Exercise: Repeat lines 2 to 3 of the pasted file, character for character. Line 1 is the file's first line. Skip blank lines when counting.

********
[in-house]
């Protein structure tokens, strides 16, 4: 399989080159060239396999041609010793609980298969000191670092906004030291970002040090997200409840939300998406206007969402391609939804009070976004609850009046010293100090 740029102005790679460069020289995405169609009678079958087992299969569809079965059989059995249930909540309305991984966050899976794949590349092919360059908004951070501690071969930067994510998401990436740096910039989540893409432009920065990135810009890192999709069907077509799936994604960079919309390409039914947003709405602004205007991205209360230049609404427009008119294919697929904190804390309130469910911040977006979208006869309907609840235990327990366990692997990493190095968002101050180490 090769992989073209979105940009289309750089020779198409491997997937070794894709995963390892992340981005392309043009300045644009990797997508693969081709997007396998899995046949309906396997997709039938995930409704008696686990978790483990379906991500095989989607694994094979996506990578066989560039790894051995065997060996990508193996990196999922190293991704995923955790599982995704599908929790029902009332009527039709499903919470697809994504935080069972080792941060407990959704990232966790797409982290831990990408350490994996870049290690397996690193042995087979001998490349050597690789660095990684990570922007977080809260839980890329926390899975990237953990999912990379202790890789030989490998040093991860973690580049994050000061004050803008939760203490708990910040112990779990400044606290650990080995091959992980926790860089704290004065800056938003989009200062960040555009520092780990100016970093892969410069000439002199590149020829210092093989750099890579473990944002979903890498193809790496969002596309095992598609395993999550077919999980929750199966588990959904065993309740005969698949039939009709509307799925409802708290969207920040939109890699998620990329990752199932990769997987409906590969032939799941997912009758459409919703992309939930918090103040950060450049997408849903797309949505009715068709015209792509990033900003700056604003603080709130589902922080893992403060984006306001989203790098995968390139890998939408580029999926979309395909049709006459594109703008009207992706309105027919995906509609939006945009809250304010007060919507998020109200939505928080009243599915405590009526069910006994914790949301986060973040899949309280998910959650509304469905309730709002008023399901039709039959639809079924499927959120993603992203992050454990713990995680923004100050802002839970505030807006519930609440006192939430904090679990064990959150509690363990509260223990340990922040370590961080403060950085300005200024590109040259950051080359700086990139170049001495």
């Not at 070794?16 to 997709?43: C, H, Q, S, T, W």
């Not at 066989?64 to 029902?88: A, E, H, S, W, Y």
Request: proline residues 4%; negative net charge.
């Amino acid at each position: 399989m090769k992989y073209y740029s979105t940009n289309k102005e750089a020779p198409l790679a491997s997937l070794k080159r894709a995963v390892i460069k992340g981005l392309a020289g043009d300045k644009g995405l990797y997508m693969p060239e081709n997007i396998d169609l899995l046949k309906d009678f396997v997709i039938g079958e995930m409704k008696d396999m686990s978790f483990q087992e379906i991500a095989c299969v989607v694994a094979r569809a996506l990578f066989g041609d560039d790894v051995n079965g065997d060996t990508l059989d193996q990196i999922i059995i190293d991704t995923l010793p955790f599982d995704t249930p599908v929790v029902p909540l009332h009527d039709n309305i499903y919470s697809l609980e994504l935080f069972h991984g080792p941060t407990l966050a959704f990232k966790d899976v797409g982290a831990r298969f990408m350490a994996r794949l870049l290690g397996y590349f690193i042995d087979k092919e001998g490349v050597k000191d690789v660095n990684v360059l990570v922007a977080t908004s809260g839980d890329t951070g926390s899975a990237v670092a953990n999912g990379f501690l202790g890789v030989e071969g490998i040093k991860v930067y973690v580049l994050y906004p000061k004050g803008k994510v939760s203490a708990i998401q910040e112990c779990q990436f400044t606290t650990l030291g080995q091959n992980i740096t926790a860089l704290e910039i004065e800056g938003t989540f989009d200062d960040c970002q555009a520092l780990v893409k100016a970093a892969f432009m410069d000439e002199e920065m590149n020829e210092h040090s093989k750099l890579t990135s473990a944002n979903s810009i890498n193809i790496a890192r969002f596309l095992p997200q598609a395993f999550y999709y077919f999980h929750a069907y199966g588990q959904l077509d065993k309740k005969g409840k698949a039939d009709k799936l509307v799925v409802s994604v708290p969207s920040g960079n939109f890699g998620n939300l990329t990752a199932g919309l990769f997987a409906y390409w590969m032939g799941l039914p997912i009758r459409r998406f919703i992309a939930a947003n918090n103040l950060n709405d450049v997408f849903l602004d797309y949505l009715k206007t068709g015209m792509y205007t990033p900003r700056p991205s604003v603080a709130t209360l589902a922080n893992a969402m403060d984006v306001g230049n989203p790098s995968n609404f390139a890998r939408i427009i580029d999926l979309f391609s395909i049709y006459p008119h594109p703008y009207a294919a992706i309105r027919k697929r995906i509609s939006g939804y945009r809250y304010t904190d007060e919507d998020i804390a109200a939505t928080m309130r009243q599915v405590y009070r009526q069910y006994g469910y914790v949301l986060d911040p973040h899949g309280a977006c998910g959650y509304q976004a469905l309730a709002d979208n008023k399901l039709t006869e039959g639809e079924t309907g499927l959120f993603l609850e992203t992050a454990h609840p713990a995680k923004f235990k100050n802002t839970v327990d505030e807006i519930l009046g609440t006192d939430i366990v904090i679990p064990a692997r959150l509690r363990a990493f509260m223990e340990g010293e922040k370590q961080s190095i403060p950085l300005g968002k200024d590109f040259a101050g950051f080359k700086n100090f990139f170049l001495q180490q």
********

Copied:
């Protein structure tokens, strides 16, 4: 399989080159060239396999041609010793609980298969000191670092906004030291970002040090997200409840939300998406206007969402391609939804009070976004609850009046010293100090 740029102005790679460069020289995405169609009678079958087992299969569809079965059989059995249930909540309305991984966050899976794949590349092919360059908004951070501690071969930067994510998401990436740096910039989540893409432009920065990135810009890192999709069907077509799936994604960079919309390409039914947003709405602004205007991205209360230049609404427009008119294919697929904190804390309130469910911040977006979208006869309907609840235990327990366990692997990493190095968002101050180490 090769992989073209979105940009289309750089020779198409491997997937070794894709995963390892992340981005392309043009300045644009990797997508693969081709997007396998899995046949309906396997997709039938995930409704008696686990978790483990379906991500095989989607694994094979996506990578066989560039790894051995065997060996990508193996990196999922190293991704995923955790599982995704599908929790029902009332009527039709499903919470697809994504935080069972080792941060407990959704990232966790797409982290831990990408350490994996870049290690397996690193042995087979001998490349050597690789660095990684990570922007977080809260839980890329926390899975990237953990999912990379202790890789030989490998040093991860973690580049994050000061004050803008939760203490708990910040112990779990400044606290650990080995091959992980926790860089704290004065800056938003989009200062960040555009520092780990100016970093892969410069000439002199590149020829210092093989750099890579473990944002979903890498193809790496969002596309095992598609395993999550077919999980929750199966588990959904065993309740005969698949039939009709509307799925409802708290969207920040939109890699998620990329990752199932990769997987409906590969032939799941997912009758459409919703992309939930918090103040950060450049997408849903797309949505009715068709015209792509990033900003700056604003603080709130589902922080893992403060984006306001989203790098995968390139890998939408580029999926979309395909049709006459594109703008009207992706309105027919995906509609939006945009809250304010007060919507998020109200939505928080009243599915405590009526069910006994914790949301986060973040899949309280998910959650509304469905309730709002008023399901039709039959639809079924499927959120993603992203992050454990713990995680923004100050802002839970505030807006519930609440006192939430904090679990064990959150509690363990509260223990340990922040370590961080403060950085300005200024590109040259950051080359700086990139170049001495």
């Not at 070794?16 to 997709?43: C, H, Q, S, T, W």